someone  to  go  through  a  treatment  program  if  it  was                                                                    
available; it  could not order  a person to do  something if                                                                    
the  option  was  unavailable; therefore,  the  wording  was                                                                    
often included  in judgements. As a  condition of probation,                                                                    
the court  routinely ordered people  (usually with  a felony                                                                    
charge)  to  get  assessed by  an  appropriate  program,  to                                                                    
follow the  instructions of the  treatment provider,  and to                                                                    
work with  their probation officer  to ensure  the treatment                                                                    
requirement was fulfilled.                                                                                                      
Ms. Meade highlighted the Alcohol  Safety Action Plan (ASAP)                                                                    
operated  through  the  Department   of  Health  and  Social                                                                    
Services (DHSS).  The program was  available as  a condition                                                                    
of probation  to assess  misdemeanants whose  crime involved                                                                    
drug or  alcohol issues. She  explained ASAP  was frequently                                                                    
ordered in  misdemeanor cases as  a condition  of probation.                                                                    
The information was  the extent of what  the court generally                                                                    
did at sentencing.                                                                                                              
Representative Josephson  noted that the court  also had the                                                                    
Therapeutic  Court   and  Veterans  Court,   which  included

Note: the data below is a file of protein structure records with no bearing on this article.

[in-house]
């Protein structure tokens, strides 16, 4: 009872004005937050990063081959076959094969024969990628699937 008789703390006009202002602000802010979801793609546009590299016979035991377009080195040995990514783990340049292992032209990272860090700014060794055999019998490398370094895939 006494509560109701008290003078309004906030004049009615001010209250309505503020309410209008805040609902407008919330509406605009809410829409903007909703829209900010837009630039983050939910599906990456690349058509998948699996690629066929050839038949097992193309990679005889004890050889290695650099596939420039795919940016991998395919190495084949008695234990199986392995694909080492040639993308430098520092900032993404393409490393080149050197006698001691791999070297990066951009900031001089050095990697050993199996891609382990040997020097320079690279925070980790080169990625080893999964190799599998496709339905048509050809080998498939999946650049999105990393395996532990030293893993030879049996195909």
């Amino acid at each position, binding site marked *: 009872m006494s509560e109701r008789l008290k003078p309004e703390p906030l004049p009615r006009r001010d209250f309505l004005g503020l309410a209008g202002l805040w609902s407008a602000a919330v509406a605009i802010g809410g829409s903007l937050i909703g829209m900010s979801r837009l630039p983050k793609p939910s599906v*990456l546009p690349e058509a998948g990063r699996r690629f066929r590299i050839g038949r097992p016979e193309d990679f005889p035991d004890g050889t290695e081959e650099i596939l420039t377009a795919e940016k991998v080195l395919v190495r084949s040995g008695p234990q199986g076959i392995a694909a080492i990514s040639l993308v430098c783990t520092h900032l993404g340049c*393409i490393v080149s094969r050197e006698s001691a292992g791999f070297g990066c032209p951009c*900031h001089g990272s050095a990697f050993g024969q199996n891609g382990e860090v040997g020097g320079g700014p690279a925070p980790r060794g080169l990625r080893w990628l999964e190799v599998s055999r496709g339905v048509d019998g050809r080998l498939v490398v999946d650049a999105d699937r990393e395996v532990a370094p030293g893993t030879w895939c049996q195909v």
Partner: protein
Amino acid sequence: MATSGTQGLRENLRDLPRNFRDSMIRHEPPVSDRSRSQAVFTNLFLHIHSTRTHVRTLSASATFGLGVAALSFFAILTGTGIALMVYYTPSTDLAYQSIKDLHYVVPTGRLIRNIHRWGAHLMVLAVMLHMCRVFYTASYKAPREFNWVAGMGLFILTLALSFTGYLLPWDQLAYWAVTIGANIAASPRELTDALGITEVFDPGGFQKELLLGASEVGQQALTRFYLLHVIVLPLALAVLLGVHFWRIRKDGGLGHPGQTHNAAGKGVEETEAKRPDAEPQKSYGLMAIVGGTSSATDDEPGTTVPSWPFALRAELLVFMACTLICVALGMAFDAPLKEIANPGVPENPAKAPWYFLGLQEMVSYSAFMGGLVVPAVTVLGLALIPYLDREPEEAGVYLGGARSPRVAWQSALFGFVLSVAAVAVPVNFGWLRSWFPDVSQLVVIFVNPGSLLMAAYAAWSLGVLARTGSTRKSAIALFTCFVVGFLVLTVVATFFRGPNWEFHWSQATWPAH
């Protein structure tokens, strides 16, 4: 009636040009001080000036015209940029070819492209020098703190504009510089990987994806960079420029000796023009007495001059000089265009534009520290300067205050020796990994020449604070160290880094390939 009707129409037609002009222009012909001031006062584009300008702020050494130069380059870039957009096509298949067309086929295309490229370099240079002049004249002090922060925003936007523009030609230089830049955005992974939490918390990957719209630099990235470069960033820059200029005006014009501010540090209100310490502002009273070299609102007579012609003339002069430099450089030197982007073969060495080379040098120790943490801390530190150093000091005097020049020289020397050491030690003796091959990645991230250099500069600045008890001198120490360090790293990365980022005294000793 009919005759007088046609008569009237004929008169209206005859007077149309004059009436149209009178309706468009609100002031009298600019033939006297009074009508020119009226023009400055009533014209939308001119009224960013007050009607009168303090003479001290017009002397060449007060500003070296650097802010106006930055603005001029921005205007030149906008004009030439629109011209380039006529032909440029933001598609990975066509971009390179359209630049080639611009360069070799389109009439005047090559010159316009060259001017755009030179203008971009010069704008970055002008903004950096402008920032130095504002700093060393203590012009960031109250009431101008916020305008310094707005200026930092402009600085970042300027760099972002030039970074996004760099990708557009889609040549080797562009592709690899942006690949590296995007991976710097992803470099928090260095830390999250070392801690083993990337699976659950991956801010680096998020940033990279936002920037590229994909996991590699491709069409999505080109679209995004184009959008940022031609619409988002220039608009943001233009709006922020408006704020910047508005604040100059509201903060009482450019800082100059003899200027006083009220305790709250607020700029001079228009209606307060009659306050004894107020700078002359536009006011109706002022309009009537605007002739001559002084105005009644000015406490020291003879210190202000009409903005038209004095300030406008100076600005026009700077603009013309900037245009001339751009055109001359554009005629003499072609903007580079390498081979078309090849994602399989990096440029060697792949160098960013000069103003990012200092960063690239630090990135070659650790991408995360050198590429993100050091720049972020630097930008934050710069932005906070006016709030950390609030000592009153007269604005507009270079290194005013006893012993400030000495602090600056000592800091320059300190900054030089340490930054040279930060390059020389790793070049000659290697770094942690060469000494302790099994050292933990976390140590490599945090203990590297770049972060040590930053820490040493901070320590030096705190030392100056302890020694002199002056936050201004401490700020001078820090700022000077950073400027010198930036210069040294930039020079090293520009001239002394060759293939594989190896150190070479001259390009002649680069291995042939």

numerous treatment provisions.                                                                                                  
Ms. Mead replied in the  affirmative. The therapeutic courts                                                                    
were  available  in  six locations  around  the  state.  She                                                                    
detailed that  the prosecutor,  defense attorney,  and court                                                                    
all  had to  agree that  an  individual could  benefit by  a                                                                    
rigorous treatment program. The  programs were very resource                                                                    
intensive  and lasted  at least  18  months. She  elaborated                                                                    
that  the programs  included phase  down provisions  for the                                                                    
first  six  months. For  example,  a  person worked  with  a                                                                    
probation officer  and treatment providers through  DHSS and                                                                    
may see  the judge once  a week to answer  questions related                                                                    
to how  their housing  was going,  how treatment  was going,                                                                    
how their children were doing,  and other. She explained the                                                                    
judge encouraged the individual  throughout the program. She